A largely untapped potential for computer-assisted communication lies in its cognitive contribution to the organization as a whole. As a virtual group's structure begins to appear online, it begins to develop a “computer-enhanced intelligence.”
When we say, “That's a smart move,” referring to a company or group announcement, we show respect for the organization's thinking.
Is there always a single smart person doing the thinking for every smart move by a group? Or, are our metaphors of “brilliant” or “dumb” groups clues to a “hidden reality” of group cognition?
There is something more to the thinking of groups than is found in the thinking of individuals in the group. That something more is different from, not better than, personal thinking. Moreover, this reality is not hidden. Rather it is very open, beneath our collective noses, awaiting only a shift in perspective to see the cognitive richness of our everyday lives.
The payoff for seeing how groups think is great: Smarter groups.
But we don’t have to wait for tomorrow for smarter groups. Most people have at one time or another been a member of a group that really “clicks”—a family, work, political, religious, or volunteer effort. Most people intuitively know the tremendous personal satisfaction that is possible with high group performance. Only a small general improvement in people’s ability to think and act collectively will have a great impact on solving the world’s problems, large and small.
As the planet rapidly interconnects, sheer complexity puts an understanding of the whole beyond the reach of a single individual. Collective problems require collective solutions. Where success is a matter of agreement, like a negotiation, rather than finding a correct answer, like a spelling bee, it is the intelligence of the group that counts.
No single person is going to solve the problem of population, or address environmental, viral, economic, genetic, or other really big issues that loom over the 21st century. They only can be tackled through collaborative action. If we do not understand how our groups think—or even that they do think—then we will be unable to meet the challenges of our rapidly changing world.
We need smarter, self-organizing groups to cope with complexity and claim our possibilities. To help get there, we begin with an abstract idea of how groups think, and end with how to integrate cognitive capabilities into our four-wall virtual team room.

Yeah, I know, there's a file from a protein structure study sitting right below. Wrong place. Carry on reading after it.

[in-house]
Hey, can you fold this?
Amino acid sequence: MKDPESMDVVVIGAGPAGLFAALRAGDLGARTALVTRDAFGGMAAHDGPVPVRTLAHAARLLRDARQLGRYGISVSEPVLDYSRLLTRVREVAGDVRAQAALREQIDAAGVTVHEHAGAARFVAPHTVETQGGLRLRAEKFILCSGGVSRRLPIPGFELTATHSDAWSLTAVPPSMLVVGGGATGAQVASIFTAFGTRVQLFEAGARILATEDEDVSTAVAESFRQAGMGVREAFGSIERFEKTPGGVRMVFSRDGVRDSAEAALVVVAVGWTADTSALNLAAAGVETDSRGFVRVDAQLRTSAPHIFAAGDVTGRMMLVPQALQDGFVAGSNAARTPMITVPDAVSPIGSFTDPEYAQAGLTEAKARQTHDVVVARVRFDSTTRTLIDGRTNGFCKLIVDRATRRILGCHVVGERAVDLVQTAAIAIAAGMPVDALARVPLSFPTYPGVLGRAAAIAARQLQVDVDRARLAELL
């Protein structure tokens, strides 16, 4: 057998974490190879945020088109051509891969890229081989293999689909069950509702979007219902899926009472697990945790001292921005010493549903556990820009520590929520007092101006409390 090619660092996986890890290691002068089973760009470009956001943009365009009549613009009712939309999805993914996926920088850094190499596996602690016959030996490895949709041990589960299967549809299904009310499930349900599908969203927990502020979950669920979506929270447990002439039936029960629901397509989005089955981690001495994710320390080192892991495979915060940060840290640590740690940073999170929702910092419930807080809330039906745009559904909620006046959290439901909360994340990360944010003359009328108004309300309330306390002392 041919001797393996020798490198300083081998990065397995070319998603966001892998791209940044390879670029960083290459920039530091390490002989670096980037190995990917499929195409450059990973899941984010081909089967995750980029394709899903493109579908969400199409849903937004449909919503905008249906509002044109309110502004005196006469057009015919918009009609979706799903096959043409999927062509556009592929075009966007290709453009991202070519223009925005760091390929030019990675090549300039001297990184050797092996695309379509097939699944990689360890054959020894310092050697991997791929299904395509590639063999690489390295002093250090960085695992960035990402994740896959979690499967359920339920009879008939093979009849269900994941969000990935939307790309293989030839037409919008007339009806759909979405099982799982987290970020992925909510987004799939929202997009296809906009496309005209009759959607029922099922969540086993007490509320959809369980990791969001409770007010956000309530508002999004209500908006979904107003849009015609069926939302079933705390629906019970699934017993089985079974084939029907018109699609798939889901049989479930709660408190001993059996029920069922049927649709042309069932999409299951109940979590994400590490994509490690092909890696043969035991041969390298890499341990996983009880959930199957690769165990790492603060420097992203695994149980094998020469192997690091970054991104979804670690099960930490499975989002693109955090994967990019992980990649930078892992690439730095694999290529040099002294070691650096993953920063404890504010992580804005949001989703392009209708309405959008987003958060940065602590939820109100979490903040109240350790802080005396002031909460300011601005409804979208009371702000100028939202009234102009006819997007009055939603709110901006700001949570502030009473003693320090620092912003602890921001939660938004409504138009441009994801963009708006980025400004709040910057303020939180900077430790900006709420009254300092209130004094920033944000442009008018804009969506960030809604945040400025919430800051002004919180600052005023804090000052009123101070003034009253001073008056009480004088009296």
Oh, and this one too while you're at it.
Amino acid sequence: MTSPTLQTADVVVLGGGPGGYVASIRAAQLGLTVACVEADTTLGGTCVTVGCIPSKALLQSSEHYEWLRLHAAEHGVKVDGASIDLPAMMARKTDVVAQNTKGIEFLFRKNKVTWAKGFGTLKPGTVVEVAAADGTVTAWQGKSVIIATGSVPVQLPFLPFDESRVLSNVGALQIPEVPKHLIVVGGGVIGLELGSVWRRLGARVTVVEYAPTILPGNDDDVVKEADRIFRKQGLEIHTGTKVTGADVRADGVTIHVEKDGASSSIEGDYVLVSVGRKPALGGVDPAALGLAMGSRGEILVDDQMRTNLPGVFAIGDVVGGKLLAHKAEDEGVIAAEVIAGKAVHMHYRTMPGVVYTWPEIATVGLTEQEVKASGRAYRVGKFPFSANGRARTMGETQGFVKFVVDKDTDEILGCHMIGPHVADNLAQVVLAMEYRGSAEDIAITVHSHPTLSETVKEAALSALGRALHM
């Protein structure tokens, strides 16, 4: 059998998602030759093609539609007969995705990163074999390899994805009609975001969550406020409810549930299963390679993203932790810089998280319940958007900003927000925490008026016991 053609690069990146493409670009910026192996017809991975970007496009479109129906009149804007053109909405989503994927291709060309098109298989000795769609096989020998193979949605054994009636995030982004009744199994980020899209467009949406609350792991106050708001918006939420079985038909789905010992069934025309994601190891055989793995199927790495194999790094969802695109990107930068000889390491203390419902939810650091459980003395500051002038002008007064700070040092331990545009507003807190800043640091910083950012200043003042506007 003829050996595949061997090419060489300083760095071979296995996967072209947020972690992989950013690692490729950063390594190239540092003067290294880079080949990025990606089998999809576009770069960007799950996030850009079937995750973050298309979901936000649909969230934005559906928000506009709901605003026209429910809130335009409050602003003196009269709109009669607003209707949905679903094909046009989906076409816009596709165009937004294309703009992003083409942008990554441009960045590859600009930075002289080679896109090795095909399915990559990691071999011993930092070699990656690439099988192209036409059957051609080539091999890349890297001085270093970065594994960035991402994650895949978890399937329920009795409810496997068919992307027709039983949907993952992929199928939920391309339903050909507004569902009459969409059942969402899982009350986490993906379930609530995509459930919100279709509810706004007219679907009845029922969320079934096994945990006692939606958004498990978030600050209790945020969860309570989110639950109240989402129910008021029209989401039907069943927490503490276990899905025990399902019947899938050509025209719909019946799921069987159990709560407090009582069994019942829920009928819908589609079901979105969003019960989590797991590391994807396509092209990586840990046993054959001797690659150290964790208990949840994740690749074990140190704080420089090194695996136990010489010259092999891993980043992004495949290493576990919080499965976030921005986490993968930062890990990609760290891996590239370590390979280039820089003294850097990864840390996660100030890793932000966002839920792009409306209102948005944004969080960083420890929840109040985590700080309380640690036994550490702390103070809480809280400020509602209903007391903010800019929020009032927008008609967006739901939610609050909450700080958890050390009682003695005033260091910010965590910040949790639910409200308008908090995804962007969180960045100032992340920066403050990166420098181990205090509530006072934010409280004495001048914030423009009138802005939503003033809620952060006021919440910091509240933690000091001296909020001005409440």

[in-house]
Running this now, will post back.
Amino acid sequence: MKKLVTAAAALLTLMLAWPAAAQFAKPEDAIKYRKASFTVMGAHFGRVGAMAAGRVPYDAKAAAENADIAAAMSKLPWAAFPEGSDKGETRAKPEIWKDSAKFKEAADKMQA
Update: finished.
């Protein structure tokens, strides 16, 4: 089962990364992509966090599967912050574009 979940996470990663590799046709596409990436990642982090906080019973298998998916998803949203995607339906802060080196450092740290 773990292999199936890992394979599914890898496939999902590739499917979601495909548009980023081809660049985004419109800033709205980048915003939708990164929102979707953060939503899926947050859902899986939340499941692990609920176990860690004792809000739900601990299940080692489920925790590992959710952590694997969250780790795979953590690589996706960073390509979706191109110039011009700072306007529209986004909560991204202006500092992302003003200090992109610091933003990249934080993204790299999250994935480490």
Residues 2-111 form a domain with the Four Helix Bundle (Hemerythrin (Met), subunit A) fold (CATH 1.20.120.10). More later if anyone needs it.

Thinking is the functional ability to create, use, and adapt cognitive models.7
As individuals and as groups, we use models to understand the world. When data pours in, we sift it and sort it—by categories. We develop cognitive models from the pattern of relationships between categories.
Thinking begins not with any old kind of category, but with a specific kind of category, what are called “basic-level” categories in cognitive science.
Basic-level categories are simple ideas that everyone directly understands: Cars, homes, jobs, and families. On the range of concepts from very general to very specific, people seem to understand ideas in the middle. This is called the basic level, not meaning the lowest level, as the word “basic” might suggest, but the most common, most widely understood middle level.
According to research, people grasp the idea of a “dog” (an intermediate concept) more directly and easily than an “animal” (a more general idea) or a “Golden Retriever” (a more specific concept).
People categorize from the most accessible part of their experiences. Categories begin in the middle. This basic level anchors our gestalt sense of whole things and allows us to extend concepts “up” to more general levels and “down” to more particular levels. Chairs are a basic level category; furniture is more general (up, super-ordinate) than chairs, while rockers are more specific (down, sub-ordinate).